Obama invites fiscal deal
But he insists that wealthy pay more
WASHINGTON – Three days after his re-election, President Barack Obama said he was ready to reach a long-delayed budget deal with Republican congressional leaders, but reiterated that the wealthy must pay more in taxes, a stance he argued was validated by voters.
“This was a central question during the election,” Obama said. “It was debated over and over again. And on Tuesday night, we found out that the majority of Americans agree with my approach.”
Obama struck a conciliatory tone in his appearance Friday in the White House’s East Room, saying he was ready to start building consensus and that he would meet with congressional leaders next week.
But he also renewed pressure on House Republicans to pass a measure the Senate already has approved that would ensure that taxes for 98 percent of Americans would not increase on Jan. 1, when current tax rates are set to expire. Under that bill, rates for the richest taxpayers would increase to the same level they were under the Clinton administration, while current rates would prevail for everyone else.
“I’ve got the pen ready to sign the bill right away. I’m ready to do it,” he said.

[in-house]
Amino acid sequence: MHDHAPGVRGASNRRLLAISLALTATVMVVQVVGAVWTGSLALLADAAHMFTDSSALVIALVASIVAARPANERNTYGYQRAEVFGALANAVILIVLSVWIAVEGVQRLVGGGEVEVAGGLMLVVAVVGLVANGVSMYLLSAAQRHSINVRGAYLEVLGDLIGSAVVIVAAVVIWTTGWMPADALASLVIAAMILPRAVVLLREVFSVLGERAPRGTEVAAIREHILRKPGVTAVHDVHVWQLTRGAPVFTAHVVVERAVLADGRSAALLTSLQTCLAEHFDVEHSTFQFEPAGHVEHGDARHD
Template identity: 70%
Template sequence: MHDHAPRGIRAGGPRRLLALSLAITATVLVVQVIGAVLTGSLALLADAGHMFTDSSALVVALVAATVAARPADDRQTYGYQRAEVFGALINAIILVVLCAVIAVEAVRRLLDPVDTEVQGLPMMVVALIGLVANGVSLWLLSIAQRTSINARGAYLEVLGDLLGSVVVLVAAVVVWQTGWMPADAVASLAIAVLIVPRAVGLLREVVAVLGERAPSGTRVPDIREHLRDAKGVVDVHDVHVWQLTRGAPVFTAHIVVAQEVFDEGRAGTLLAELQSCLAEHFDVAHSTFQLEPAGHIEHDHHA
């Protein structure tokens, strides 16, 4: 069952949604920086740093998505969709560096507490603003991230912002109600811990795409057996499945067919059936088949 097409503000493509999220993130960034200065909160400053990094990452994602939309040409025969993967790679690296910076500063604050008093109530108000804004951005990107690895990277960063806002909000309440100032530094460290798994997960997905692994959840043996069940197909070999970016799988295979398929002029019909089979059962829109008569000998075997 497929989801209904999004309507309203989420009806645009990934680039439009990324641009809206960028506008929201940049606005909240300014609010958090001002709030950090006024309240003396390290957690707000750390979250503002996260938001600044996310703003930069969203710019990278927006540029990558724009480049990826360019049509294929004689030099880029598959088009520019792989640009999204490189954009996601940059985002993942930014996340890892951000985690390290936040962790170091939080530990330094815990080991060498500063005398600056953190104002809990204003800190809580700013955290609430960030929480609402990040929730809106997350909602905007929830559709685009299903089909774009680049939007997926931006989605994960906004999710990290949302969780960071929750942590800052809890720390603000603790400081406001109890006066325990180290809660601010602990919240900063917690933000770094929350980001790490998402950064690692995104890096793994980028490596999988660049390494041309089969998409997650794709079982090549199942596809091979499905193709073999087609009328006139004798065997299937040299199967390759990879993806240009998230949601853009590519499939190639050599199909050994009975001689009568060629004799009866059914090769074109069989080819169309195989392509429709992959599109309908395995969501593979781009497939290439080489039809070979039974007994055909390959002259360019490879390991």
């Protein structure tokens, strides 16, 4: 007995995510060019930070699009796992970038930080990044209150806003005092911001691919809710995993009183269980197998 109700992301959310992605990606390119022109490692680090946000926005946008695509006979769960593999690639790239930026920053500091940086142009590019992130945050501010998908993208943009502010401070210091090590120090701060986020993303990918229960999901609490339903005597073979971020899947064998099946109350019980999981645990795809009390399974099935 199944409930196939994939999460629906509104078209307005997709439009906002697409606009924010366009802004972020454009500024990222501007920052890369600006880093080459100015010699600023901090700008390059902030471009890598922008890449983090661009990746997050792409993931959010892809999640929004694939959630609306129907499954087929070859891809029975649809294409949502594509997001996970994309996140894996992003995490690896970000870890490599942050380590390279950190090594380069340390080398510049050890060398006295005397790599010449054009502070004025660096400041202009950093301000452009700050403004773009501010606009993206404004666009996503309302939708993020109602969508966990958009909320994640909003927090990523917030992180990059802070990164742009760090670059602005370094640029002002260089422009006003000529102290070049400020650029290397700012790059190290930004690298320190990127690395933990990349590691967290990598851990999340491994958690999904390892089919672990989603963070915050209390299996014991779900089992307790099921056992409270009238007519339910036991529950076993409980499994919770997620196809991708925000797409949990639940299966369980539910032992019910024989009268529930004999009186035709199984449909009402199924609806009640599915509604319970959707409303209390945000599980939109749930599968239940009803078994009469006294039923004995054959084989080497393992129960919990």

The White House strategy appears aimed at repeating one of the administration’s most successful episodes – the fight late in 2011 over cutting payroll taxes. In that dispute, Obama put Republicans in the position of either handing him a victory or voting against a tax cut. He eventually won and reaped significant political benefits.
House Speaker John Boehner, who will be Obama’s primary Republican counterpart in the negotiations, reasserted Friday that he is steadfastly opposed to raising tax rates.
“This is an opportunity for the president to lead,” Boehner told reporters at the Capitol. “This is his moment to engage the Congress and work towards a solution that can pass both chambers. “
The coming negotiations create particular problems for the Republicans. If no legislation passes before year’s end, the nation faces a confluence of automatic tax hikes and spending reductions that economists warn could jar the economy back into a recession. If negotiations fail, Obama would get the upper-income tax increase he campaigned on and an opportunity to blame Republicans for raising taxes on all Americans and disrupting the economy.
White House spokesman Jay Carney in a Friday media briefing laid out exactly that scenario, suggesting that Republicans would have a hard time explaining why they let the tax breaks for the middle class expire.
“What is the argument for not passing it? That we’re going to force everyone to have a higher tax bill next year just because millionaires and billionaires didn’t get a tax cut?” he said.
Obama’s remarks at the White House were his first since winning an unexpectedly solid victory over GOP nominee Mitt Romney. A core part of his campaign was his promise to make the nation’s top earners “pay their fair share.”
Exit polls of voters released Tuesday showed that 47 percent of Americans supported Obama’s proposal to raise tax rates on income above $250,000 for couples. Another 13 percent said all should pay more in taxes, while 35 percent were against any tax increase.